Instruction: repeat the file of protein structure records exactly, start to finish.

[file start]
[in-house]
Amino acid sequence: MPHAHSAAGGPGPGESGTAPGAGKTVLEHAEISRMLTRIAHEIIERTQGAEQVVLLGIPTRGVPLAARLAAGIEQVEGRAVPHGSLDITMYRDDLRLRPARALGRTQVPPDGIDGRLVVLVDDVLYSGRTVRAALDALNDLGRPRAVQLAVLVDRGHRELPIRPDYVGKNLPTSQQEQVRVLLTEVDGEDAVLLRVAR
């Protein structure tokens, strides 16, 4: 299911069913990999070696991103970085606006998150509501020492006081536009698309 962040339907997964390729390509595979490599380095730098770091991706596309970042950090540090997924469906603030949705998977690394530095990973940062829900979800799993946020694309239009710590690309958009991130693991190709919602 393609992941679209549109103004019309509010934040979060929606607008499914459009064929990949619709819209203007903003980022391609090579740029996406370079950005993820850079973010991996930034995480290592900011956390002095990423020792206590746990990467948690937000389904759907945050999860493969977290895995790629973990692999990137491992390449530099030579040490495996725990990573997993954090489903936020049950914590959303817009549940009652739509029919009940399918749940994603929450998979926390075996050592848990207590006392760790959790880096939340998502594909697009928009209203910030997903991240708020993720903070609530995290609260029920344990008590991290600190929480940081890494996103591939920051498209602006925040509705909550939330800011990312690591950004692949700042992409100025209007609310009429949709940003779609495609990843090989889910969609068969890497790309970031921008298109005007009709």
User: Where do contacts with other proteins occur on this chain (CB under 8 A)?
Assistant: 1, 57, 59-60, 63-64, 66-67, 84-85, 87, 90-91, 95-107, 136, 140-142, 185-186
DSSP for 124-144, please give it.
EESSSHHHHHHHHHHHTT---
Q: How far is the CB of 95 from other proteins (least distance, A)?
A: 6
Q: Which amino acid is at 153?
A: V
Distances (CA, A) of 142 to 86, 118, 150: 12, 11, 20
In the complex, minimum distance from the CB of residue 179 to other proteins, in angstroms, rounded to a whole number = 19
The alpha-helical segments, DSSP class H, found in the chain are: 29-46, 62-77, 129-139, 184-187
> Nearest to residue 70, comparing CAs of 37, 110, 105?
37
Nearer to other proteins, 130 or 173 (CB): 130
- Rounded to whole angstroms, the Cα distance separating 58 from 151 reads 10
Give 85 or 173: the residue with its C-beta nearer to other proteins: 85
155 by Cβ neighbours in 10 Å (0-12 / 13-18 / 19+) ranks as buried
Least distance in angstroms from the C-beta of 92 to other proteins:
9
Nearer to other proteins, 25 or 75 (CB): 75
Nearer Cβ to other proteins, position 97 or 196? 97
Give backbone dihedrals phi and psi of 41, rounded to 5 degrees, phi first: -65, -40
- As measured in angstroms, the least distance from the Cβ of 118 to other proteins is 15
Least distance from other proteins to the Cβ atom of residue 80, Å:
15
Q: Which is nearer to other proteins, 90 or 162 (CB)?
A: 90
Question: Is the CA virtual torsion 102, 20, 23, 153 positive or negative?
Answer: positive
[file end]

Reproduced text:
[in-house]
Amino acid sequence: MPHAHSAAGGPGPGESGTAPGAGKTVLEHAEISRMLTRIAHEIIERTQGAEQVVLLGIPTRGVPLAARLAAGIEQVEGRAVPHGSLDITMYRDDLRLRPARALGRTQVPPDGIDGRLVVLVDDVLYSGRTVRAALDALNDLGRPRAVQLAVLVDRGHRELPIRPDYVGKNLPTSQQEQVRVLLTEVDGEDAVLLRVAR
């Protein structure tokens, strides 16, 4: 299911069913990999070696991103970085606006998150509501020492006081536009698309 962040339907997964390729390509595979490599380095730098770091991706596309970042950090540090997924469906603030949705998977690394530095990973940062829900979800799993946020694309239009710590690309958009991130693991190709919602 393609992941679209549109103004019309509010934040979060929606607008499914459009064929990949619709819209203007903003980022391609090579740029996406370079950005993820850079973010991996930034995480290592900011956390002095990423020792206590746990990467948690937000389904759907945050999860493969977290895995790629973990692999990137491992390449530099030579040490495996725990990573997993954090489903936020049950914590959303817009549940009652739509029919009940399918749940994603929450998979926390075996050592848990207590006392760790959790880096939340998502594909697009928009209203910030997903991240708020993720903070609530995290609260029920344990008590991290600190929480940081890494996103591939920051498209602006925040509705909550939330800011990312690591950004692949700042992409100025209007609310009429949709940003779609495609990843090989889910969609068969890497790309970031921008298109005007009709």
User: Where do contacts with other proteins occur on this chain (CB under 8 A)?
Assistant: 1, 57, 59-60, 63-64, 66-67, 84-85, 87, 90-91, 95-107, 136, 140-142, 185-186
DSSP for 124-144, please give it.
EESSSHHHHHHHHHHHTT---
Q: How far is the CB of 95 from other proteins (least distance, A)?
A: 6
Q: Which amino acid is at 153?
A: V
Distances (CA, A) of 142 to 86, 118, 150: 12, 11, 20
In the complex, minimum distance from the CB of residue 179 to other proteins, in angstroms, rounded to a whole number = 19
The alpha-helical segments, DSSP class H, found in the chain are: 29-46, 62-77, 129-139, 184-187
> Nearest to residue 70, comparing CAs of 37, 110, 105?
37
Nearer to other proteins, 130 or 173 (CB): 130
- Rounded to whole angstroms, the Cα distance separating 58 from 151 reads 10
Give 85 or 173: the residue with its C-beta nearer to other proteins: 85
155 by Cβ neighbours in 10 Å (0-12 / 13-18 / 19+) ranks as buried
Least distance in angstroms from the C-beta of 92 to other proteins:
9
Nearer to other proteins, 25 or 75 (CB): 75
Nearer Cβ to other proteins, position 97 or 196? 97
Give backbone dihedrals phi and psi of 41, rounded to 5 degrees, phi first: -65, -40
- As measured in angstroms, the least distance from the Cβ of 118 to other proteins is 15
Least distance from other proteins to the Cβ atom of residue 80, Å:
15
Q: Which is nearer to other proteins, 90 or 162 (CB)?
A: 90
Question: Is the CA virtual torsion 102, 20, 23, 153 positive or negative?
Answer: positive